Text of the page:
Introduction to Running Medicine
We all know that running is very healthy for you, but we also know that it carries its own risks as running injuries are very common. Studies show anywhere from 30-80 percent of runners are injured during a given year, leading to missing some runs.
Thankfully, I don’t deal with life and death situations in my clinic, but the equivalent in Running Medicine is telling a runner he or she needs to take time off. I’ve had patients try begging, bargaining, threatening, and crying to get permission to run, sometimes all in the same visit! My mentor, Dr. Robert Wilder, looked at these injuries as initiation into the club, telling patients, “You have runner’s knee. Congratulations, you know you’re a runner now!” And the great Philosopher of Running, Dr. George Sheehan, called these running related injuries “Diseases of Excellence.” Although some look at injuries as a badge of honor, most of you probably don’t need this type of validation.
We can’t stop all running injuries, but we can take steps to lower our risk. There are three main categories contributing to our running, and significant problems in any of these can lead to an injury. Here is graphical representation borrowed from Dr. Irene Davis:
Your injury risk is a combination of structure, mechanics, and dosage. Let’s briefly discuss each one for now, and then go into more detail in future posts.
Structure is your anatomy and possibly any orthopedic injuries you’ve had. It mostly comes from the genetic hand you were dealt, and you can either blame or thank your parents for it. These are things that we can’t easily change like your knee alignment, bunions, or retroverted hips which make your feet turn out when you walk and run. (Side note: not everyone’s feet should point straight ahead, and not every turned out foot means over-pronation!)
Some structural issues can be improved with surgery, like ACL repair or bunionectomy. Some can be modified with orthotics and shoes, like using toe spreader devices with wide toe boxed shoes for bunions.
Biomechanics is definitely related to structure, but tends to be things that we can more easily modify. While not everyone should move the exact same way, there are definite commonalities of great runners and also of injured runners. A specific amount of mobility, stability, and strength is needed to run well. Biomechanics is the part of the injury equation where I spend most of my time to have the biggest effect. The best part of my job is that improving mechanics can not only fix injuries, but also improve efficiency. Increased efficiency leads to decreased race times!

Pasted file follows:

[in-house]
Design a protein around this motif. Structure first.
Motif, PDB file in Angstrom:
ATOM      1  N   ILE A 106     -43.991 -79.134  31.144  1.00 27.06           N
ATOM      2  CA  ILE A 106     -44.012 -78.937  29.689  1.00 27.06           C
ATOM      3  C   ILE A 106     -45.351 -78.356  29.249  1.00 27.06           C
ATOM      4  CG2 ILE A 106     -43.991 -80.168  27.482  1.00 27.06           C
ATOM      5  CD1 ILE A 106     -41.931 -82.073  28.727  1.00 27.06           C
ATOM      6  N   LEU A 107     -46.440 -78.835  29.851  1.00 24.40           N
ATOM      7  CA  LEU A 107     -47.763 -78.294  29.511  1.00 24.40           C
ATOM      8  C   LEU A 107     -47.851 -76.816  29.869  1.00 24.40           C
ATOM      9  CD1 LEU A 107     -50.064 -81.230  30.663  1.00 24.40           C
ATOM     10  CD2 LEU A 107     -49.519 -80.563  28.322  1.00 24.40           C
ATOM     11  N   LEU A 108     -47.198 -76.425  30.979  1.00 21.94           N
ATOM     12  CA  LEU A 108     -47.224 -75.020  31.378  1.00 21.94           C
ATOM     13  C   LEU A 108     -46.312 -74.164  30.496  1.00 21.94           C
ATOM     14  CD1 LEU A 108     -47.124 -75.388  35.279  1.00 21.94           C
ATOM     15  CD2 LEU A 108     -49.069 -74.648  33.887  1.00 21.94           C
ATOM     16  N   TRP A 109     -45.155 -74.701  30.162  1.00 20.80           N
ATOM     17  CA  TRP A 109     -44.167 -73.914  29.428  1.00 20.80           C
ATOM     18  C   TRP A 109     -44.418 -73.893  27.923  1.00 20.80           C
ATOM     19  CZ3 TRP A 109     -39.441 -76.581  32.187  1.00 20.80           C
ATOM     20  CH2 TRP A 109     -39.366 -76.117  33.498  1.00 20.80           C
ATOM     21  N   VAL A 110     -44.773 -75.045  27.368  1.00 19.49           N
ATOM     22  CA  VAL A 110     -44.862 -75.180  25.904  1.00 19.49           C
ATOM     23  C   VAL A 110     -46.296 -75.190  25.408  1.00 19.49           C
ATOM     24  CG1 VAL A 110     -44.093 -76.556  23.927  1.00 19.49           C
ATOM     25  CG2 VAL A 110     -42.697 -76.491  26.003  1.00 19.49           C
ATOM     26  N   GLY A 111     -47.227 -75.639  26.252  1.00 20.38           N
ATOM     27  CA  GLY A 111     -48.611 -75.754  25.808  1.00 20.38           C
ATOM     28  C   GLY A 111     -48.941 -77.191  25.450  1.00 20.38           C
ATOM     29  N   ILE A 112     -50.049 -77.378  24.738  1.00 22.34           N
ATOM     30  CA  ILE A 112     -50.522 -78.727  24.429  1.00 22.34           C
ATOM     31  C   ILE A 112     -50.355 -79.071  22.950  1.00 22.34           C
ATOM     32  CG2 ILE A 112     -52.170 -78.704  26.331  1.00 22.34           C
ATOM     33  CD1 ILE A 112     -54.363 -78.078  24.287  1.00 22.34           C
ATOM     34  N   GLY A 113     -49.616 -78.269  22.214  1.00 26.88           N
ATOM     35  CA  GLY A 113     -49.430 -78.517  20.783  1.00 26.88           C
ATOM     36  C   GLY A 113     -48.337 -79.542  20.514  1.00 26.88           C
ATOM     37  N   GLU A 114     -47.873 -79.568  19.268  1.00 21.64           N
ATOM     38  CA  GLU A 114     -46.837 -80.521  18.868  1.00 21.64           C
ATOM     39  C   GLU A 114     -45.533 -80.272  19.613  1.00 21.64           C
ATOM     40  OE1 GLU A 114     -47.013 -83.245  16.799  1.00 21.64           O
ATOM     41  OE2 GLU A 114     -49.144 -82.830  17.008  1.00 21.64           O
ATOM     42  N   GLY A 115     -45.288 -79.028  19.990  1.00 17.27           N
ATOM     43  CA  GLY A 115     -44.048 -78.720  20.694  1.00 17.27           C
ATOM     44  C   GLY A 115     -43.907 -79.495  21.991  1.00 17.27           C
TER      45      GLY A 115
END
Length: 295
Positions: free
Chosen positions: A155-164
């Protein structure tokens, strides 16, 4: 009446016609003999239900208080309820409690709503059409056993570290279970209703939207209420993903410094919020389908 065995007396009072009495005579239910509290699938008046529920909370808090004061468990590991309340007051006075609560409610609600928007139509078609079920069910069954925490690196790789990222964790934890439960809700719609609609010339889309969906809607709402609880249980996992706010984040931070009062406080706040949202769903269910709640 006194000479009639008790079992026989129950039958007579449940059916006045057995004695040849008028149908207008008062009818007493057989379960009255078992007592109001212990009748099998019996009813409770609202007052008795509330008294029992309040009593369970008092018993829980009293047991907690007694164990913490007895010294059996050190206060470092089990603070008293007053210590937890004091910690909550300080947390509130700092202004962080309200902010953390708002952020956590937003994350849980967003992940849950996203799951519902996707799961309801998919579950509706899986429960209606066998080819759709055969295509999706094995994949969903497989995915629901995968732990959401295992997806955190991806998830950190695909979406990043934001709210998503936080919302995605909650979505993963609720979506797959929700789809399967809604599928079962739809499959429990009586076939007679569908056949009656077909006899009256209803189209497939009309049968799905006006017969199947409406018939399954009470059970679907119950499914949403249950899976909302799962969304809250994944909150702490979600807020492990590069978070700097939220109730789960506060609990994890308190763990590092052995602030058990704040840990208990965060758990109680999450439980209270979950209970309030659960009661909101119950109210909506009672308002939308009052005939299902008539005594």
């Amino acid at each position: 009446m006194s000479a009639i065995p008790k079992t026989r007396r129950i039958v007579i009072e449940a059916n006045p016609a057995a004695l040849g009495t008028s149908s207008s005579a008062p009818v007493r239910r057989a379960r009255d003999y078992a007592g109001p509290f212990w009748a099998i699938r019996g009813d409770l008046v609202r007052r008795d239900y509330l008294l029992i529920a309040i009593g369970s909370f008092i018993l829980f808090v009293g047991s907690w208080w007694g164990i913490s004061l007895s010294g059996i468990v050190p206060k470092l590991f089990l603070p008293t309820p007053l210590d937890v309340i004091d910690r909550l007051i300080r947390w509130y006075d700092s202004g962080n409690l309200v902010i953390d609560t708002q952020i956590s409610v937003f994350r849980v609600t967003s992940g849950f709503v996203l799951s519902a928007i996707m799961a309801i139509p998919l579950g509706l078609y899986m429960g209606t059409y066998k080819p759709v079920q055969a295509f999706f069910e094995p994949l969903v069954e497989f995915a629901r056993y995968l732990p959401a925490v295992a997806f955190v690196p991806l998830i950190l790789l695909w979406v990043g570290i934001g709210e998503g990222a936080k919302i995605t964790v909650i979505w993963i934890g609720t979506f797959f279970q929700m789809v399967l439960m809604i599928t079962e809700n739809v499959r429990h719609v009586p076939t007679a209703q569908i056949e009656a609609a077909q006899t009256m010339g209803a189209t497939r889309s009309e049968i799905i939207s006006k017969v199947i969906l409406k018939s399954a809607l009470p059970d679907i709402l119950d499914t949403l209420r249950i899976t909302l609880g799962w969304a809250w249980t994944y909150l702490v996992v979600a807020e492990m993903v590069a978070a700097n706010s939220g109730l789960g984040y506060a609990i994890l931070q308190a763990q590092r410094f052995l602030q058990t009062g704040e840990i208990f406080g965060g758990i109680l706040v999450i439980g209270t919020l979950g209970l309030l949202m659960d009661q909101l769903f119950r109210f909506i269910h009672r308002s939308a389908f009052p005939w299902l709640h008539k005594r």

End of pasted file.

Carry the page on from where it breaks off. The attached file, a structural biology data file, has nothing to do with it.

Dosage is your training. Exercise is medicine and can be prescribed like a drug–certain types in certain dosages and frequencies. Many folks follow online plans like Couch to 5K or Runner’s World guides. Some run with local clubs or pay for personal coaching. This category is probably the single biggest factor for determining your injury risk. Sudden changes in training are a huge risk for runners. This is the classic ‘Too much, too fast, too soon’ mistake. If you have really been a true couch potato for several years, going from zero running to 2.5 miles in a few weeks is not a great idea. Even experienced runners can make silly mistakes in this category.
Finally, we have the evil red line of the injury threshold. Like structure, there is likely a genetic component to where this line sits for each of us. This is why some runners can follow a smart training plan and work on mechanics and still get injured frequently, while others seem to do everything “wrong,” but train and race weekly without injury. Unfortunately, many of us cross the injury line several times before we start figuring out where our line sits.
Now you should have a better understanding of the global picture of running injuries. If you have poor structure, bad mechanics, and don’t train smartly, you’ll have a tough time staying on the roads. If you were born with great structure, have wonderful mechanics, and train smartly, then I’ll see you at the finish line. This was heavy in philosophy, but I want you to think about your training in a holistic way. If you are unfortunate enough to be in that 30–80 percent injury statistic, please find a doctor or therapist who doesn’t just look at the injured body part without asking about your training or assessing overall mechanics. Of course, I would be happy to see you as well.
Dr. Kasey Hill is a Physical Medicine and Rehabilitation physician, or Physiatrist. He received his undergraduate degree at Louisiana State University and in 2007 he earned his medical degree at LSU School of Medicine in New Orleans. He is board certified by the American Board of Physical Medicine & Rehabilitation. During residency at the University of Virginia, he received specialized training in treating running injuries by working with Dr. Robert Wilder, director of The Runner's Clinic, and Jay Dicharry, PT, gait analysis expert and author of Anatomy for Runners.
Dr. Hill has been on staff at Ochsner since 2019 and practicing medicine since 2011. His expertise is in conservative treatment of musculoskeletal injuries, EMG & nerve testing, sports medicine, running medicine, and concussion management. He believes in using an interdisciplinary team approach for patient care: coordinating care with other physicians, parents, coaches, trainers, and therapists for sports injuries. His goal is to keep his patients as active as possible while treating the root cause of their injuries.